If you are a new artist with no fan base yet, where should you start? My first recommendation would be Twitter. There is organic quality to Twitter that is hard to find in other major platforms. The next on the list we need to have Facebook, you are almost expected to have a Facebook page, even though I have seen artists who do not even use their Facebook page succeed just fine. Building a following in Facebook will take little bit more work, and I am still questioning the return on that investment… The two other ones I would recommend are Instagram and Periscope. Instagram because there is power in photos, you can tell your story in a very powerful way. Also you can link your Instagram with Twitter and Facebook, and share your photos in three platforms just in one post. Periscope is the new player in town and the regular readers of my blog know I am a fan. Periscope allows you to broadcast live videos from your mobile phone. Periscope is also linked with Twitter.
But the above is just my recommendations. The social media should help you to tell your story, so experiment and find out which of them help you to do just that. And concentrate on the ones that work, instead of trying to be on all of them.
I know this Quick tip sounds like a quite negative one, but it’s not really. It’s just a simple reminder that not all advice is equal. When you set out to succeed in music business, the first thing after creating some kick ass music is trying to promote it. And this is a part of the job that requires constant stream of latest information on how to do it, what works and what does not. But there are a lot of bad advice out there. So you need to be sceptical.
I actually look for my promotional ideas from different fields of marketing. I particularly like how some startups go from one man on their own to a massive businesses with huge loyal customer base. Especially in the early beginning stages, many of these startups don’t have advertising budgets and rely on organic growth, through content marketing and word of mouth. And I look for this advice because they are innovative and often light years ahead of the people in the music marketing business.
But we all have been there, when people ask us what we do, and then they set out to advice us on how to promote our music… It is actually quite amazing how random people seem to know so much about promoting music. I mean, I would not try to advice software developer how to write their code… So when ever I get new advice, unless it is from a source I truly trust, I let it brew at the back of my mind for few days, before I act on it. And I do this simply because I need to be sceptical.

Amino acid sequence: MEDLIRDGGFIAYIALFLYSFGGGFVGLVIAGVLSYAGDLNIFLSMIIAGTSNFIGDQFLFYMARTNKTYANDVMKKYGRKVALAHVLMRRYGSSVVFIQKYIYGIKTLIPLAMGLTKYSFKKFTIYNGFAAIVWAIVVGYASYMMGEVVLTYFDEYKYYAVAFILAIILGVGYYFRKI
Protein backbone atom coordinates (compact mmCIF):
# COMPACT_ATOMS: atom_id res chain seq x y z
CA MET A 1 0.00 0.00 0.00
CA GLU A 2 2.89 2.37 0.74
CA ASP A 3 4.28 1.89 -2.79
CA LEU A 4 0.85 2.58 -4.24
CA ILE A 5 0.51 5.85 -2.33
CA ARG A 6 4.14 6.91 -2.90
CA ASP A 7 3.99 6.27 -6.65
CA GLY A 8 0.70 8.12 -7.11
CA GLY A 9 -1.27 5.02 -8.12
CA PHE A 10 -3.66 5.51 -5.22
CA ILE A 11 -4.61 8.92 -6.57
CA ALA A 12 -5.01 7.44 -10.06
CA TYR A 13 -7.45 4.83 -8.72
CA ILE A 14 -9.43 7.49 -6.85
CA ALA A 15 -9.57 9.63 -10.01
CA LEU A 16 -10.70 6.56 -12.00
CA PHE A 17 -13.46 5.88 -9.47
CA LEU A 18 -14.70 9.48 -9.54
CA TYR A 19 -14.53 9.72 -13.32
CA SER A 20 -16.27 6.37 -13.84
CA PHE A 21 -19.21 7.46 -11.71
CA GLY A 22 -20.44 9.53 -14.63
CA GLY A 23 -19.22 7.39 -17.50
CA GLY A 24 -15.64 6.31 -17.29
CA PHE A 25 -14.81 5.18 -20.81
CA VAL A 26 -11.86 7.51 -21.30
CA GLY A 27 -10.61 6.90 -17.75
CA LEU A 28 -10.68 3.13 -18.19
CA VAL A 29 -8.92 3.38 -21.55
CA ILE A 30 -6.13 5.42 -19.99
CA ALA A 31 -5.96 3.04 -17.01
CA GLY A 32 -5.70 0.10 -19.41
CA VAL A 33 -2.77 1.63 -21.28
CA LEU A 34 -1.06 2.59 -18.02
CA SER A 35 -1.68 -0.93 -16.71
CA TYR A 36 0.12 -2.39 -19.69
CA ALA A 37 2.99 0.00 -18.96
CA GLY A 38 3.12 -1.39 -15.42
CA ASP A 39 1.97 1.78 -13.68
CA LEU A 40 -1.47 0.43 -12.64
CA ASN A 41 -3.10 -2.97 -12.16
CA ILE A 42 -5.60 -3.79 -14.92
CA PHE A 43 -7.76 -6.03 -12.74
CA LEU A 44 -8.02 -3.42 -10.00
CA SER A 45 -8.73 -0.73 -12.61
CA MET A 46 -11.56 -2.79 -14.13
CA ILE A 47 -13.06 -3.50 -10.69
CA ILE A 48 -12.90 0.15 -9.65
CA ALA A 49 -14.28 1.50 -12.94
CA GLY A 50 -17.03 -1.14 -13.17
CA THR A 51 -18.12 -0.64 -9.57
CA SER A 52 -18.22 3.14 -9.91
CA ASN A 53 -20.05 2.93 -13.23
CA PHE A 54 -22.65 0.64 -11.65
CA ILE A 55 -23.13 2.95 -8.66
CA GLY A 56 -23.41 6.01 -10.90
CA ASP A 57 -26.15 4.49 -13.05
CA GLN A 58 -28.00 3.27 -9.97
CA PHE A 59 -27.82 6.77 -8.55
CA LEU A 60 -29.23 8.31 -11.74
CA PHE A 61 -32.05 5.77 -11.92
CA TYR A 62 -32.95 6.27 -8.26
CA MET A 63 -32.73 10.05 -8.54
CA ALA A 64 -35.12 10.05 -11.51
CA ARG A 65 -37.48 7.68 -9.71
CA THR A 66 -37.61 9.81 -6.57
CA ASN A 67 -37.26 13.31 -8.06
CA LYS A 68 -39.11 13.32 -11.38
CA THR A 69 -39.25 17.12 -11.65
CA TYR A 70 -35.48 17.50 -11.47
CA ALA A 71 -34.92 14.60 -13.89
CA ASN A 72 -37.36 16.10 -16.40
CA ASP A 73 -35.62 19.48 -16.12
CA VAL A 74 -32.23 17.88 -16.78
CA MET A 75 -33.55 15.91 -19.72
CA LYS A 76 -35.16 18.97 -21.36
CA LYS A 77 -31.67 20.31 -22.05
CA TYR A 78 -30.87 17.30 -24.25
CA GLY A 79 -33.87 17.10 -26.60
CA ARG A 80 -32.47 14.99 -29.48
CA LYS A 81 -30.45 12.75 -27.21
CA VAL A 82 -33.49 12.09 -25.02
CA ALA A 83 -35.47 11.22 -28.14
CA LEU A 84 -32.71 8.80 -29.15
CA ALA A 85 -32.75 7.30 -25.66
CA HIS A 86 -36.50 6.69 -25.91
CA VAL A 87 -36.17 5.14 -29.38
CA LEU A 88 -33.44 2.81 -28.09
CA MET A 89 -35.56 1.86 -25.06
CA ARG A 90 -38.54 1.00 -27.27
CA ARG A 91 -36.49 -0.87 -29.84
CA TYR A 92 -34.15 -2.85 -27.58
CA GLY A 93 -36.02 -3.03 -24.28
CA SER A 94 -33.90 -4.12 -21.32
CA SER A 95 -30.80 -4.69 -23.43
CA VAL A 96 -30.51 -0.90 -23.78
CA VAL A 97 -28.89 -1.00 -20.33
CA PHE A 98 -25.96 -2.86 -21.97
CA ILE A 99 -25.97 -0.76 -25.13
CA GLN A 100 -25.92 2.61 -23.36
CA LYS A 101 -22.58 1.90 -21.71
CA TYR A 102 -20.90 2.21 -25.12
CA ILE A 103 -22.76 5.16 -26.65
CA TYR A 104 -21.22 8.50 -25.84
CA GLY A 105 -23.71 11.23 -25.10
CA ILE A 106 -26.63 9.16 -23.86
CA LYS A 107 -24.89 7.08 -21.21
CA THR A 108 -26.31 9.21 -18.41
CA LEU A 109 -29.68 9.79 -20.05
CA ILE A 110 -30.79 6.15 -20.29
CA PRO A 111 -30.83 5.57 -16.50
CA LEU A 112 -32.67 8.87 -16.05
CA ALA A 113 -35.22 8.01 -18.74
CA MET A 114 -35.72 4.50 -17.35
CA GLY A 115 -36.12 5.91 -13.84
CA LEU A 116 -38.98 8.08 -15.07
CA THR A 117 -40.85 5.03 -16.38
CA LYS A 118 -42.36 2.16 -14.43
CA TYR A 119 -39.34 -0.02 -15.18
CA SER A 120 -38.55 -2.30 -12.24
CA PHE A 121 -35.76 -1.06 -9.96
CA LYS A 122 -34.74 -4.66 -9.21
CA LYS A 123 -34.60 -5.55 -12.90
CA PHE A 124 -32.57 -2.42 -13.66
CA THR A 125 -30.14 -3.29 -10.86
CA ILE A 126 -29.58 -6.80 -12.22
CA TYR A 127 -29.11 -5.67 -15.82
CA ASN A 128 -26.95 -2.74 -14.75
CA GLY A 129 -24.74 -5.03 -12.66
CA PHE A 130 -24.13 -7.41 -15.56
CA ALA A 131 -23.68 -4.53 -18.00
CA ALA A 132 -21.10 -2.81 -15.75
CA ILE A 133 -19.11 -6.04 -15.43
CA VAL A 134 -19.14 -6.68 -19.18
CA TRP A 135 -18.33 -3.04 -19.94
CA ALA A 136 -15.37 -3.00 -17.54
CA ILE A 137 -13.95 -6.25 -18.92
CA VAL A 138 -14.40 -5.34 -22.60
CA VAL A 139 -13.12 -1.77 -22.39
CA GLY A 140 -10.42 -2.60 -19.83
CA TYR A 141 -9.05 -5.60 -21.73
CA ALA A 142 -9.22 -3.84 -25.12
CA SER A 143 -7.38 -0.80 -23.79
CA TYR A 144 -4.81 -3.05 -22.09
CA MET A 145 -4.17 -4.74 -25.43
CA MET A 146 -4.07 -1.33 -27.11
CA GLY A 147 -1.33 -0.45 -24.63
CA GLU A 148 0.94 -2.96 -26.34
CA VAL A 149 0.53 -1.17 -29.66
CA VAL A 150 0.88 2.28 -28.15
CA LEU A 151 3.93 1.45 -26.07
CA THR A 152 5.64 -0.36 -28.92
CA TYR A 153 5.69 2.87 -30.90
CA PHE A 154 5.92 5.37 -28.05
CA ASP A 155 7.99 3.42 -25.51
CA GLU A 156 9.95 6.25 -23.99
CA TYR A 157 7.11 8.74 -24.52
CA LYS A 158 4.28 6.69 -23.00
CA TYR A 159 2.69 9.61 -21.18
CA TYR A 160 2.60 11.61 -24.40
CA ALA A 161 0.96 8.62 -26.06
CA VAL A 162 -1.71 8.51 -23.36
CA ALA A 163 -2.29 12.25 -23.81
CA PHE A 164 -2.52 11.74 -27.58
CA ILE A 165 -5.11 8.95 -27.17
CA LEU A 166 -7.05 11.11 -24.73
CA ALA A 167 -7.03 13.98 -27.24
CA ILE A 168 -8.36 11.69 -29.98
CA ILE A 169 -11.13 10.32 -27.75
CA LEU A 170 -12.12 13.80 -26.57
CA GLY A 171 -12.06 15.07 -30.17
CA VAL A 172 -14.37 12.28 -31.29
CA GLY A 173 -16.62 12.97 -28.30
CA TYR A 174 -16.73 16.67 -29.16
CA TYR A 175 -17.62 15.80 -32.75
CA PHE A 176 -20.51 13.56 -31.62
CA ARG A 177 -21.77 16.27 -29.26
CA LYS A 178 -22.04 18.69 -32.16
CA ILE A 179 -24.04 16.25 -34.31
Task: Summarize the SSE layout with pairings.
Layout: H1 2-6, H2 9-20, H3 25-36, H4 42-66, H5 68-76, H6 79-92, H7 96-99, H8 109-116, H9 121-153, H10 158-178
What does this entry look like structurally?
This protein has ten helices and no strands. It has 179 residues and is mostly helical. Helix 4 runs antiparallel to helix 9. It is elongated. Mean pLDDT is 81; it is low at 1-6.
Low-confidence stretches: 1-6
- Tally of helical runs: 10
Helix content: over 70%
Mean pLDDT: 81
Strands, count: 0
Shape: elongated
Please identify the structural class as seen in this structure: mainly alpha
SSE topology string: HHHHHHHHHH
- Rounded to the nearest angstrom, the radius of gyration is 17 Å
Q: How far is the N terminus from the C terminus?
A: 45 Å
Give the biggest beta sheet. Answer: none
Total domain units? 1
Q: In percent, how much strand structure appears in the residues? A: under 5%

I’ve had a productive morning. I wrote a blog post for this weeks song, got the song back from my mastering engineer, uploaded it to Soundcloud and posted the song with the blog post on my website. I Had a two-hour meeting with Rory from Melosity, I send a conference message to the lads from Sliotar to do with new volume restrictions in tonight’s concert. I finished writing a song for a friend of mine, recorded and mixed the first draft of it. I shared all sorts of content on my Twitter feed, that I think my followers might be interested in. And now I am writing the second blog post, which is this Quick tip you are reading right now.
Many of these things I could have said I’ll do later as I am playing tonight. But that is not me, and that is not how we get stuff done. Take action consistently throughout the day. Make things happen, don’t wait for them to happen. For the most parts you are in charge of your own destiny. So take action today, right now and change your future! Create something beautiful, do something innovative, solve a problem, make someones day, make your day. Take action now!